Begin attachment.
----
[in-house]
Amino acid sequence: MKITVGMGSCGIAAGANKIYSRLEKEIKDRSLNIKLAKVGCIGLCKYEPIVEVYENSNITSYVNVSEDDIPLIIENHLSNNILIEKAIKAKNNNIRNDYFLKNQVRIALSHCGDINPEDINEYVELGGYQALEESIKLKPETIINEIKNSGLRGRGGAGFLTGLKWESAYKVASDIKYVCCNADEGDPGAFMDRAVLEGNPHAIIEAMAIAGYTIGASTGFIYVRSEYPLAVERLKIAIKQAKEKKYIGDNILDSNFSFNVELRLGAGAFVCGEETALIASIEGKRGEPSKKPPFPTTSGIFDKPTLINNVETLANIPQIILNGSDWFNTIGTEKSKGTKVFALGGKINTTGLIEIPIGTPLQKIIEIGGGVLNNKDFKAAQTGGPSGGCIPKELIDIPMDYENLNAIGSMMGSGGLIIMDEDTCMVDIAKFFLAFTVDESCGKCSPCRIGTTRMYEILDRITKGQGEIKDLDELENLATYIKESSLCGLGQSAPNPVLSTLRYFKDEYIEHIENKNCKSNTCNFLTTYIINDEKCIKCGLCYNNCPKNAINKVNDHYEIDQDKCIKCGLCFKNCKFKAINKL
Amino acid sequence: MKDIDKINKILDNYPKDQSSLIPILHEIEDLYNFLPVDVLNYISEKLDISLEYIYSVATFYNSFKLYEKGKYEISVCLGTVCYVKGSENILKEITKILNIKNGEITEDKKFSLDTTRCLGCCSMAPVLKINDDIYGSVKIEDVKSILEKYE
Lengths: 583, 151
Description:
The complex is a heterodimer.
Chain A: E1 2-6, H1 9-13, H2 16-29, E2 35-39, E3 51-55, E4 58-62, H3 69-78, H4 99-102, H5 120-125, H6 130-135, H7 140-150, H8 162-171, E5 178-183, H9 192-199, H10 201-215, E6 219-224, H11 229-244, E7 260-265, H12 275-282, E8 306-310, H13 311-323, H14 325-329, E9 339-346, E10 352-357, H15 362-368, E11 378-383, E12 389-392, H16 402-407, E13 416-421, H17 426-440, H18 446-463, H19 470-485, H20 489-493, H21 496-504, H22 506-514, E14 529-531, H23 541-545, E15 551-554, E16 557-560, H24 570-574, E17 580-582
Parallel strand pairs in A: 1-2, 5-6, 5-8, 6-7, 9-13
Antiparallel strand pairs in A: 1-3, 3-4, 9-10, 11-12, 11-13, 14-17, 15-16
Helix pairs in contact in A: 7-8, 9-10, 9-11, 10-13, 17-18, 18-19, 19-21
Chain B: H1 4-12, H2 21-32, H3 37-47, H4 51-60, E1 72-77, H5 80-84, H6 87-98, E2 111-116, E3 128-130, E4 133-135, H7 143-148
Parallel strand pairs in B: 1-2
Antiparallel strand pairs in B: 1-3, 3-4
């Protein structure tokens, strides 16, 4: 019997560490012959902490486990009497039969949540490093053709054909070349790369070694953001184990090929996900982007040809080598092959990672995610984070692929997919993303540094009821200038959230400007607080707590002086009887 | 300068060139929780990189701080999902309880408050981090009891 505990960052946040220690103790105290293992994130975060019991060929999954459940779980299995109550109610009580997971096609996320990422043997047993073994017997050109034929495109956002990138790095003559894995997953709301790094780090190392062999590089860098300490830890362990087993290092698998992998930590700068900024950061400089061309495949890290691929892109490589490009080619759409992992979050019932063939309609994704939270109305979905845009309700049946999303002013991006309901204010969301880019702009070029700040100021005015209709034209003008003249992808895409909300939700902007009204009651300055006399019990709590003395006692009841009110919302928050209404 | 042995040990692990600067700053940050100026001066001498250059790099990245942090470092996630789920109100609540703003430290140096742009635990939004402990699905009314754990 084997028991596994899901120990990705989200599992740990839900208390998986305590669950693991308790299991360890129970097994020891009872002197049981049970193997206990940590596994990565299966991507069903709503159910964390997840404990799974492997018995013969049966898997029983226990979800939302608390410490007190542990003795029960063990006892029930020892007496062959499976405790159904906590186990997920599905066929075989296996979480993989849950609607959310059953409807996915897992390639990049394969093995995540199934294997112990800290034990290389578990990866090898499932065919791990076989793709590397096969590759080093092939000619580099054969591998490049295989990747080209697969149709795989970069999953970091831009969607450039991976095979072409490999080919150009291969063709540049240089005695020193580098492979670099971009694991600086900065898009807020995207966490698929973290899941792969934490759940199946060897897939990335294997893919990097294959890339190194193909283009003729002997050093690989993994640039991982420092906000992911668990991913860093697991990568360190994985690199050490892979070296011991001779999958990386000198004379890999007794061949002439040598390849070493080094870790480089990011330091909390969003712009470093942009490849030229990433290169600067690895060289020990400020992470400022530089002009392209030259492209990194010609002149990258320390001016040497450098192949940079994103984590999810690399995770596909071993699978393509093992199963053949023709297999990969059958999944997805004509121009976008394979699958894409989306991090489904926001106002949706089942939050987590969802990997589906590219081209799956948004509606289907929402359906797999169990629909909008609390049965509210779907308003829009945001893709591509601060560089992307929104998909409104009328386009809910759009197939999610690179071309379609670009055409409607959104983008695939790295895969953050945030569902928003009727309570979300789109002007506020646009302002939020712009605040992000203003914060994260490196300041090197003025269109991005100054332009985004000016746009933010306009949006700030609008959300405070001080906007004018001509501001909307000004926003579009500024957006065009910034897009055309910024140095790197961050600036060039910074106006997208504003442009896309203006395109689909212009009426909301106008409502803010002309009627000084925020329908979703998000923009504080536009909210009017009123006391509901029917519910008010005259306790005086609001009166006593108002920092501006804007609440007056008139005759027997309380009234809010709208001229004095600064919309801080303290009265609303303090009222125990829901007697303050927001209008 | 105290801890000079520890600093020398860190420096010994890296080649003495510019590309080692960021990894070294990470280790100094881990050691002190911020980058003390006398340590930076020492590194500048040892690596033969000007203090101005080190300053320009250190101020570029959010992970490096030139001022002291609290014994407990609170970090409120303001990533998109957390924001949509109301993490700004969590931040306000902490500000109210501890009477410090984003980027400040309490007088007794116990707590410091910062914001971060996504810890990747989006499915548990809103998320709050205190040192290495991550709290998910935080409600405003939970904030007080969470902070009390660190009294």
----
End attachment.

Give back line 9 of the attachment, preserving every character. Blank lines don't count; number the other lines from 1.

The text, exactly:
Antiparallel strand pairs in A: 1-3, 3-4, 9-10, 11-12, 11-13, 14-17, 15-16